Enter your mobile number or email address below and we'll send you a link to download the free Kindle App. Then you can start reading Kindle books on your smartphone, tablet, or computer - no Kindle device required.

  • Apple
  • Android
  • Windows Phone
  • Android

To get the free app, enter your mobile phone number.

FREE Shipping on orders with at least $25 of books.
Usually ships within 2 to 4 weeks.
Ships from and sold by Amazon.com. Gift-wrap available.
Waltzing with the Enemy: ... has been added to your Cart
FREE Shipping on orders over $25.
Condition: Used: Very Good
Comment: Light cover wear only.
Have one to sell? Sell on Amazon
Flip to back Flip to front
Listen Playing... Paused   You're listening to a sample of the Audible audio edition.
Learn more
See all 2 images

Waltzing with the Enemy: A Mother and Daughter Confront the Aftermath of the Holocaust Paperback – June 1, 2011

4.6 out of 5 stars 13 customer reviews

See all 3 formats and editions Hide other formats and editions
Price
New from Used from
Kindle
"Please retry"
Paperback
"Please retry"
$19.95
$13.98 $1.42

Popular & highly-rated in Biographies & Memoirs
Wild: From Lost to Found on the Pacific Crest Trail
Wild: From Lost to Found on the Pacific Crest Trail
Wild: From Lost to Found on the Pacific Crest Trail
$19.95 FREE Shipping on orders with at least $25 of books. Usually ships within 2 to 4 weeks. Ships from and sold by Amazon.com. Gift-wrap available.
click to open popover


Editorial Reviews

From Publishers Weekly

Mitsios (Digital editor; Geishas and Talking Frogs: The Best 21st Century Short Stories from Japan) and her mother, Kliot, deliver a dual memoir documenting how past tragedies reverberate through the years to affect children of Holocaust survivors. Kliot recalls the anguish and daily terror of her life in Lithuania during WWII. Having survived the Holocaust with false Christian identity papers (and having helped her mother and brother survive posing as Polish farmhands), she continued the charade after the war, falling in love with and marrying a Greek man. In 1951 they settled in Phoenix, Ariz., and Kliot continued to hide her true identity from her daughter, enrolling Helen in a Catholic grade school as "a way of providing her with a Christian identity if the need ever arose.... I didn't want her to be rooted in a Jewish community that could entrap her and leave her vulnerable to discrimination." In the book's second half, Helen writes about seeking her own identity and learning of her mother's, while struggling to change her mother's fear that being Jewish would make them "outcasts." These mirrored memories provide an intimate portrait, compelling and compassionate. 29 b&w photos. (June)

Review

This memoir, an intimate recounting of two very different lives and times, is one of the most honest and life-affirming books I've ever read. It teaches us how the past informs the present and helps explain the world around us today. --Howard C. Cutler, M.D., Author of The Art of Happiness: A Handbook for Living, co-authored with His Holiness the Dalai Lama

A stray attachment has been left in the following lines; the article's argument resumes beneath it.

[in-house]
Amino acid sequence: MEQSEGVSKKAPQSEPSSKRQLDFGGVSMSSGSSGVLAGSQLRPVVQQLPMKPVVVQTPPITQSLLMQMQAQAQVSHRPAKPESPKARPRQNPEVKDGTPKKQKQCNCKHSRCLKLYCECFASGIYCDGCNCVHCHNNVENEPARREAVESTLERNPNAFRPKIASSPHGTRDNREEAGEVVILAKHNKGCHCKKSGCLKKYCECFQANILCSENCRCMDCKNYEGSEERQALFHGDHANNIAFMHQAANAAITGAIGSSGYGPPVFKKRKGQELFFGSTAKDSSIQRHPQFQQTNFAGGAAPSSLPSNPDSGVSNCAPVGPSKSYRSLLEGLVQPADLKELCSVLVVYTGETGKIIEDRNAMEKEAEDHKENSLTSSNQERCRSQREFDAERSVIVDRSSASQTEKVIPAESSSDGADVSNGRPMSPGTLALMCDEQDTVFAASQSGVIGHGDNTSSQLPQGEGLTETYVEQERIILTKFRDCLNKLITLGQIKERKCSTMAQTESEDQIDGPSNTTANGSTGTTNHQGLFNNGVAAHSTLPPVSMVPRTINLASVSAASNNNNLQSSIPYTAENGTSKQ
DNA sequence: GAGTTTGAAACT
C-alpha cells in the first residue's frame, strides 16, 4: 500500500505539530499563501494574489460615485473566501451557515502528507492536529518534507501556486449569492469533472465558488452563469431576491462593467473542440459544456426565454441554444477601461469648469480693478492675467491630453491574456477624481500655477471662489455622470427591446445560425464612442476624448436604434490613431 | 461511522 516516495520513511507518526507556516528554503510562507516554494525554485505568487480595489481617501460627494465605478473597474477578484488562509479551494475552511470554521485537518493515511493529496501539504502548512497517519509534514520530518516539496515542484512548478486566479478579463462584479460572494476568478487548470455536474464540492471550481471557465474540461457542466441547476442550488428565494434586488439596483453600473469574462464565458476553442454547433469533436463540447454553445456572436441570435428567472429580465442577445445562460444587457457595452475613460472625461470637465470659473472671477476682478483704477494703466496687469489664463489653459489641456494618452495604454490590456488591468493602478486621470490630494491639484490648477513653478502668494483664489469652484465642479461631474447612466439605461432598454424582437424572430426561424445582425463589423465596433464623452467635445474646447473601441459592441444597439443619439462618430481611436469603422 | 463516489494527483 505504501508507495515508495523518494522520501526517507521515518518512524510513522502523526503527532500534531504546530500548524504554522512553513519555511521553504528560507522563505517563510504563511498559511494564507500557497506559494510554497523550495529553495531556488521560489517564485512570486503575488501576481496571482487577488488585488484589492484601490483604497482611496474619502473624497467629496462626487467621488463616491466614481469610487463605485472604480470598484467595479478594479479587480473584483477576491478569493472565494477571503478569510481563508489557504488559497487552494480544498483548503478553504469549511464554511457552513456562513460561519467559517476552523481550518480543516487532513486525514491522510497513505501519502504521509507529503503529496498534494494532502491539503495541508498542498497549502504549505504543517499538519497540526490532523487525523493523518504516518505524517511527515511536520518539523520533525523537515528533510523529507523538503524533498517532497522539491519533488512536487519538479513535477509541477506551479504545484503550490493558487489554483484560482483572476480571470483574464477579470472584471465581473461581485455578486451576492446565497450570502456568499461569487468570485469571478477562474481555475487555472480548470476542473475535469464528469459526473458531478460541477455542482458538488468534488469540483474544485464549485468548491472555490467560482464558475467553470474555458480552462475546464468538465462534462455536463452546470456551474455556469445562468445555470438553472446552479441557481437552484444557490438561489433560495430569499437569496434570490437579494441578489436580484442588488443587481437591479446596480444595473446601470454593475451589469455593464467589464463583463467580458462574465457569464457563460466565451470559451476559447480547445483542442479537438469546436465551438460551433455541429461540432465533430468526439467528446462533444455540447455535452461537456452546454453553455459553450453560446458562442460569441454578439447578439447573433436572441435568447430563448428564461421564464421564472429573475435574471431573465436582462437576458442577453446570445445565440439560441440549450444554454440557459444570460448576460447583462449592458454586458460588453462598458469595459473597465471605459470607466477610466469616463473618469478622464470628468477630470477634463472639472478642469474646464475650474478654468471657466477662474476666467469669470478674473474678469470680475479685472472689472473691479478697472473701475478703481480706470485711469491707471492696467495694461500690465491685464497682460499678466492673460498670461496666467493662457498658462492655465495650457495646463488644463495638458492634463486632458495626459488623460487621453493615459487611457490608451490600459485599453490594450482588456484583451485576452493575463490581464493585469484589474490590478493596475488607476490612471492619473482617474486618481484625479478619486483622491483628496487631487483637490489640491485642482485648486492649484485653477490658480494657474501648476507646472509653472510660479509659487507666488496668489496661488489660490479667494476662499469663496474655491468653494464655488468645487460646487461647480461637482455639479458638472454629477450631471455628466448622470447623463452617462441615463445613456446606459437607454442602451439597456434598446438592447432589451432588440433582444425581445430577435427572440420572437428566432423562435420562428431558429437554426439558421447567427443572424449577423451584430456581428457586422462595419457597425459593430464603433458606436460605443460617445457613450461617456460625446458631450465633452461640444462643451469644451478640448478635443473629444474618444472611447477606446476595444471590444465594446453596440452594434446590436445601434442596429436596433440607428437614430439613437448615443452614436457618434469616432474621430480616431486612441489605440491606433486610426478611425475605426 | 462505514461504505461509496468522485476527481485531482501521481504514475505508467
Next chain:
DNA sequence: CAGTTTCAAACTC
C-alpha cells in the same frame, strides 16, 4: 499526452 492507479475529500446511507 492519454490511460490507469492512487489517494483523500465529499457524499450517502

Mitsios and her mother, Kliot, deliver a dual memoir documenting how past tragedies reverberate through the years to affect children of Holocaust survivors ... In the book's second half, Helen writes about seeking her own identity and learning of her mother's, while struggling to change her mother's fear that being Jewish would make them ''outcasts.'' These mirrored memories provide an intimate portrait, compelling and compassionate. --Publishers Weekly
NO_CONTENT_IN_FEATURE

The latest book club pick from Oprah
"The Underground Railroad" by Colson Whitehead is a magnificent novel chronicling a young slave's adventures as she makes a desperate bid for freedom in the antebellum South. See more

Product Details

  • Paperback: 288 pages
  • Publisher: Urim Publications; First Edition edition (June 1, 2011)
  • Language: English
  • ISBN-10: 1936068214
  • ISBN-13: 978-1936068210
  • Product Dimensions: 6.3 x 0.7 x 9.2 inches
  • Shipping Weight: 1 pounds (View shipping rates and policies)
  • Average Customer Review: 4.6 out of 5 stars  See all reviews (13 customer reviews)
  • Amazon Best Sellers Rank: #625,041 in Books (See Top 100 in Books)

Customer Reviews

Top Customer Reviews

Format: Paperback
The counterpoint of two very different voices make this book so incredibly powerful. The mother's story is an unforgettable one of great wit and determination to stay alive and outwit Nazi persecution told in spare prose. The daughter's is about inheriting PTSD and trying to step away from the "ghosts of the Holocaust." Rasia teaches her daughter that the world is a dangerous place and remains vigilant and protective, going so far as to baptize and raise her as Catholic, and instructing her daughter to never tell anyone that they are Jewish. She insists her daughter, like herself, carry on with a protective false Christian identity even decades after the Holocaust. As the daughter tries to separate from her mother's overly protective grasp, as she visits her grandfather's "grave" at a place of mass murder in Lithuania, I was moved to tears by the elegantly subtle writing. This is one of the most revealing and important accounts I've read by a daughter of a Holocaust survivor.